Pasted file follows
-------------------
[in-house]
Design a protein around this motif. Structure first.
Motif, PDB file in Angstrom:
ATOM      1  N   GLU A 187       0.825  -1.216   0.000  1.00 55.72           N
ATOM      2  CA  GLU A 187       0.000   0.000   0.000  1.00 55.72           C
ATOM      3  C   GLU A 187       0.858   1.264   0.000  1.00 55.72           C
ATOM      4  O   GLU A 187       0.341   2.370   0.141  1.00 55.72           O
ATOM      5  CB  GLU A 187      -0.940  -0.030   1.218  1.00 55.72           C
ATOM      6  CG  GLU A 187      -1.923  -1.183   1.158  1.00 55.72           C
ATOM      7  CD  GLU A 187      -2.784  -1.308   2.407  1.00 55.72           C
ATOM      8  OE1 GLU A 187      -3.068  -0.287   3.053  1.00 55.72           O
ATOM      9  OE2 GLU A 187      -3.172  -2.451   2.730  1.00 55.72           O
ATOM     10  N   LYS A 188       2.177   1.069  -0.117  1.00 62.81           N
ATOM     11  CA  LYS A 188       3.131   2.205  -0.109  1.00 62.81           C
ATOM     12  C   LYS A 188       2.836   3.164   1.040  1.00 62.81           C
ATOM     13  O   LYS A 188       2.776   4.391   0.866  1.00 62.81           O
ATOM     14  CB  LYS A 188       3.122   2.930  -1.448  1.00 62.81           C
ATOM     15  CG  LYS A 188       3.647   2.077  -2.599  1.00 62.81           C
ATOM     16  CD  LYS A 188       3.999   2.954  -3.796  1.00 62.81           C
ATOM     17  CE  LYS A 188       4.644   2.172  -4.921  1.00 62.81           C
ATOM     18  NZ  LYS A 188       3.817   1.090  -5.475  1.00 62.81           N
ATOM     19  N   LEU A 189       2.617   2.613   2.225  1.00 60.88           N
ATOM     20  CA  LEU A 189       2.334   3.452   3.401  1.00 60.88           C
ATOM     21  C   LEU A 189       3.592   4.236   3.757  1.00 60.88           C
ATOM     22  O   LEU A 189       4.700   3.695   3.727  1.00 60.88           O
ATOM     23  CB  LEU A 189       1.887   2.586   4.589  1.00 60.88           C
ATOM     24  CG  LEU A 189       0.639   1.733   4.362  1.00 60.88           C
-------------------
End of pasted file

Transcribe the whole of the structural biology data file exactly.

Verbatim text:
[in-house]
Design a protein around this motif. Structure first.
Motif, PDB file in Angstrom:
ATOM      1  N   GLU A 187       0.825  -1.216   0.000  1.00 55.72           N
ATOM      2  CA  GLU A 187       0.000   0.000   0.000  1.00 55.72           C
ATOM      3  C   GLU A 187       0.858   1.264   0.000  1.00 55.72           C
ATOM      4  O   GLU A 187       0.341   2.370   0.141  1.00 55.72           O
ATOM      5  CB  GLU A 187      -0.940  -0.030   1.218  1.00 55.72           C
ATOM      6  CG  GLU A 187      -1.923  -1.183   1.158  1.00 55.72           C
ATOM      7  CD  GLU A 187      -2.784  -1.308   2.407  1.00 55.72           C
ATOM      8  OE1 GLU A 187      -3.068  -0.287   3.053  1.00 55.72           O
ATOM      9  OE2 GLU A 187      -3.172  -2.451   2.730  1.00 55.72           O
ATOM     10  N   LYS A 188       2.177   1.069  -0.117  1.00 62.81           N
ATOM     11  CA  LYS A 188       3.131   2.205  -0.109  1.00 62.81           C
ATOM     12  C   LYS A 188       2.836   3.164   1.040  1.00 62.81           C
ATOM     13  O   LYS A 188       2.776   4.391   0.866  1.00 62.81           O
ATOM     14  CB  LYS A 188       3.122   2.930  -1.448  1.00 62.81           C
ATOM     15  CG  LYS A 188       3.647   2.077  -2.599  1.00 62.81           C
ATOM     16  CD  LYS A 188       3.999   2.954  -3.796  1.00 62.81           C
ATOM     17  CE  LYS A 188       4.644   2.172  -4.921  1.00 62.81           C
ATOM     18  NZ  LYS A 188       3.817   1.090  -5.475  1.00 62.81           N
ATOM     19  N   LEU A 189       2.617   2.613   2.225  1.00 60.88           N
ATOM     20  CA  LEU A 189       2.334   3.452   3.401  1.00 60.88           C
ATOM     21  C   LEU A 189       3.592   4.236   3.757  1.00 60.88           C
ATOM     22  O   LEU A 189       4.700   3.695   3.727  1.00 60.88           O
ATOM     23  CB  LEU A 189       1.887   2.586   4.589  1.00 60.88           C
ATOM     24  CG  LEU A 189       0.639   1.733   4.362  1.00 60.88           C